MANPOWER DEVELOPMENT AND THE performance OF civil servants
MANPOWER DEVELOPMENT AND THE PERFORMANCE OF CIVIL SERVANTS
This thesis investigated the manpower development programmes and policies implemented in the Anambra State Civil Service between 1996 and 2006, as well as their impact on the performance of state civil servants.
The study's specific objectives were to determine whether manpower development programmes and policies in the Anambra State Civil Service resulted in the professionalisation of civil servants in the state,
to investigate the effect of political instability on manpower training and development in the state, and to investigate how development programmes in the state civil service affected the performance of civil servants in the state.
This study's data came from both primary and secondary sources. The primary data were gathered via questionnaires and oral interviews. The population of this study was 4,629 governmental servants in Anambra State as of December 2006.
Stratified The questionnaire was administered using a random sampling method to both senior and junior staff from the state's twenty-three (23) ministries and extra-ministerial departments.
The workforce was divided into the following groups: Senior staff (3,019 total, including senior and middle management personnel) outnumbered junior staff (1,610), resulting in a ratio of two senior personnel to one junior personnel (2:1).
Using the EPIINFO version 6-computer software package, an anticipated frequency of 25% and a worst expected frequency of 20% were calculated, yielding a total sample size of 348.
The 10% non-response rate was also calculated, yielding 35, resulting in a final size of 383. Questionnaires were sent at random to 12 senior and 6 junior staff members in each ministry/extra-ministerial department, with a 2:1 ratio.
The questionnaires were analysed using inferential and descriptive statistics. Oral interviews were performed with the Director of Training at the Office of the Head of Service, as well as Training officers from each of the 23 ministries/extra-ministerial departments.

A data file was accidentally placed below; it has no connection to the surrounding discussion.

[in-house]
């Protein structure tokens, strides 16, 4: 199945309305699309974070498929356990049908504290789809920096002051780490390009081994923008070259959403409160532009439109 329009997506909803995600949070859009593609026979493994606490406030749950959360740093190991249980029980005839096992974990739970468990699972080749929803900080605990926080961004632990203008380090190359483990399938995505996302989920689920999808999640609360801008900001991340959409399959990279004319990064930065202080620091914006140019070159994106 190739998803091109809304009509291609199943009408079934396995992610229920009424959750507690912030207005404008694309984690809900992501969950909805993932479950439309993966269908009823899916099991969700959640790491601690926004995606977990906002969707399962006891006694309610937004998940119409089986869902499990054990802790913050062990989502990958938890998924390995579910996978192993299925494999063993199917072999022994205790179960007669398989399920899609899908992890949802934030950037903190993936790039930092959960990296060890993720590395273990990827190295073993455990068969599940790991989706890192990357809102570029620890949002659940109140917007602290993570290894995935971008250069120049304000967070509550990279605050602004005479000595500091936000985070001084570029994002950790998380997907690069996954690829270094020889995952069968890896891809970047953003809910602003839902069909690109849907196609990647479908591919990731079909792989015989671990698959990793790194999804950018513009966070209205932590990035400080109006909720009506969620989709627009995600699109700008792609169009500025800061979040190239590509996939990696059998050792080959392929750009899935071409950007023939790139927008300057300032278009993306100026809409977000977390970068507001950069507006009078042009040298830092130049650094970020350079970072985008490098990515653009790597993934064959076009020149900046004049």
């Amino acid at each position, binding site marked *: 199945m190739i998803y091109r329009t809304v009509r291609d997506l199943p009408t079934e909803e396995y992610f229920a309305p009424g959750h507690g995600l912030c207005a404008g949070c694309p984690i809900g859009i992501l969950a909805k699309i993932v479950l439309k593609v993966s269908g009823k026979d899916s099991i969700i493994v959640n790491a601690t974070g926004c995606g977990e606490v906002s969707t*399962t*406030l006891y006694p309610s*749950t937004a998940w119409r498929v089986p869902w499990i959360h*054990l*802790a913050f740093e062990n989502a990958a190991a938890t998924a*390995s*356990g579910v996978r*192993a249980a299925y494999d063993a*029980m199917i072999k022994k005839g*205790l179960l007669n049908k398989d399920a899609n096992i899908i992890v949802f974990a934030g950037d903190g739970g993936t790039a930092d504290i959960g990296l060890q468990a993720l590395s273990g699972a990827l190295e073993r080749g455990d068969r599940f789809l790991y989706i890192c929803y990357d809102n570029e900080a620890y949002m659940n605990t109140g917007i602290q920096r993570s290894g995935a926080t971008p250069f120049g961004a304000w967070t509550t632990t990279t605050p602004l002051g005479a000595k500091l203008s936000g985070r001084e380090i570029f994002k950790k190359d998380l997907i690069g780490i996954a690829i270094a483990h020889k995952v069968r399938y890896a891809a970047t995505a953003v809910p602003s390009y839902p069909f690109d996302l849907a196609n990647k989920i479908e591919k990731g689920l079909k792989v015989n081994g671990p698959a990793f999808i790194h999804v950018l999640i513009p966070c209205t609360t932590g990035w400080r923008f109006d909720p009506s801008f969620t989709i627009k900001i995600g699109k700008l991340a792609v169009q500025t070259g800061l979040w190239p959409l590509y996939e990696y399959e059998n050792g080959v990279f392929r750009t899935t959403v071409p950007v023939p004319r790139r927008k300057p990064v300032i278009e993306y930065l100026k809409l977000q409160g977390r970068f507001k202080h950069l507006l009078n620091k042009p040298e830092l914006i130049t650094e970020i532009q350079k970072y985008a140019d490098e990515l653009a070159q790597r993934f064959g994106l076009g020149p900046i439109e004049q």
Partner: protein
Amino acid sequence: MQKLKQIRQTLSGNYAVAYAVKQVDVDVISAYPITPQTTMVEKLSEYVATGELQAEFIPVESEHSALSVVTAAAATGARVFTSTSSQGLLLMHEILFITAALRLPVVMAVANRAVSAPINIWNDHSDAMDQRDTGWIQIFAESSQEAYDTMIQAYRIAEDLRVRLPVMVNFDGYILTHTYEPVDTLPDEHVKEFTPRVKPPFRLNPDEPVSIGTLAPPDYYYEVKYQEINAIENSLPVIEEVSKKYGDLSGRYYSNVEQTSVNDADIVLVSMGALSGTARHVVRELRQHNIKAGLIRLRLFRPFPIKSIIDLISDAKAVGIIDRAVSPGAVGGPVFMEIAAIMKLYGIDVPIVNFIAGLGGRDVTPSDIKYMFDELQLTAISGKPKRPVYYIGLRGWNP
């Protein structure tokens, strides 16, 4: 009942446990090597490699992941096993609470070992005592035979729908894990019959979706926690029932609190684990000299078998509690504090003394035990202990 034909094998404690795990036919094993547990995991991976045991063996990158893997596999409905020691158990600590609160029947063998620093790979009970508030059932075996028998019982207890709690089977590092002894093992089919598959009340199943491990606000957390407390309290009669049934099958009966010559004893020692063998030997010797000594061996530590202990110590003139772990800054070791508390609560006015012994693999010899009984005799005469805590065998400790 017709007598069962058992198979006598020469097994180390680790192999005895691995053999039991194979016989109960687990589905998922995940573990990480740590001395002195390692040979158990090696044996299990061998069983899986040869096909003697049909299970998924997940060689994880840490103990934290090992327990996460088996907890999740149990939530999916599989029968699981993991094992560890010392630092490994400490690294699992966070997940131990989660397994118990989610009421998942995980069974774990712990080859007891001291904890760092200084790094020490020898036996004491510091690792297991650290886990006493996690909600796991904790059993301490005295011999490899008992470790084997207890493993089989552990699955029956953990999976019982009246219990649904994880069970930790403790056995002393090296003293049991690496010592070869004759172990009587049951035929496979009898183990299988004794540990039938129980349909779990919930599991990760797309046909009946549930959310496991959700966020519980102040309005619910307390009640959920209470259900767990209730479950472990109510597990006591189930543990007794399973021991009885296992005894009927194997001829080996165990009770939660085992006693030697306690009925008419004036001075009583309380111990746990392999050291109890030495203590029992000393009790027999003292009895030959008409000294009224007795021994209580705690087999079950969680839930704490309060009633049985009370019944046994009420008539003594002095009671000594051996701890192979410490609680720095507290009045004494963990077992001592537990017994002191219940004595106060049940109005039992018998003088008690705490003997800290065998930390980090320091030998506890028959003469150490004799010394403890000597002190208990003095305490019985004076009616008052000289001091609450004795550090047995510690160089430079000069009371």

Furthermore, secondary data were gathered from books, journals, official gazettes, and internet resources. Finally, the study was examined using David Easton's system theory. This research is organised into six chapters:
According to the findings of the study, manpower development in the Anambra State Civil Service has not enhanced the performance of the state's civil servants. The study found that between 1996 and 2006, manpower development activities in the Anambra State public service did not result in the professionalisation of the state's civil officials.
This was due to the state's low or non-funding of these development initiatives, which deprived more than 95% of public officials the opportunity to develop themselves in their specialised fields after joining the civil service.
As a result, political instability caused by frequent changes in the state's political leadership hampered the implementation of this programme on the growth of civil servants in the state.
According to the study, Anambra state has had a chequered history caused by constant political crises, which compelled the respective Chief Executives in the respective regimes to devote more time and resources to ensuring their positions were secured at the expense of other development programmes, including manpower development programmes in the state civil service.
In the Anambra State government service, 98% of senior officials and 96% of junior staff admitted this. According to the report, poor execution of manpower development programmes and policies has a detrimental impact on the performance of civil servants in the Anambra state civil service.
The majority of senior and junior personnel in most ministries/extra-ministerial departments have been so frustrated that they have been unable to function at a higher level in their employment.
This appeared to have limited the performance of Anambra State Civil Servants. As a result, 85% of senior staff and 78% of junior staff voiced scepticism about the manpower development exercise.
As a result, the report indicates that personnel development projects in the Anambra State Civil Service were poorly planned or carried out, leaving much to be desired in terms of improving the performance of the state's civil workers.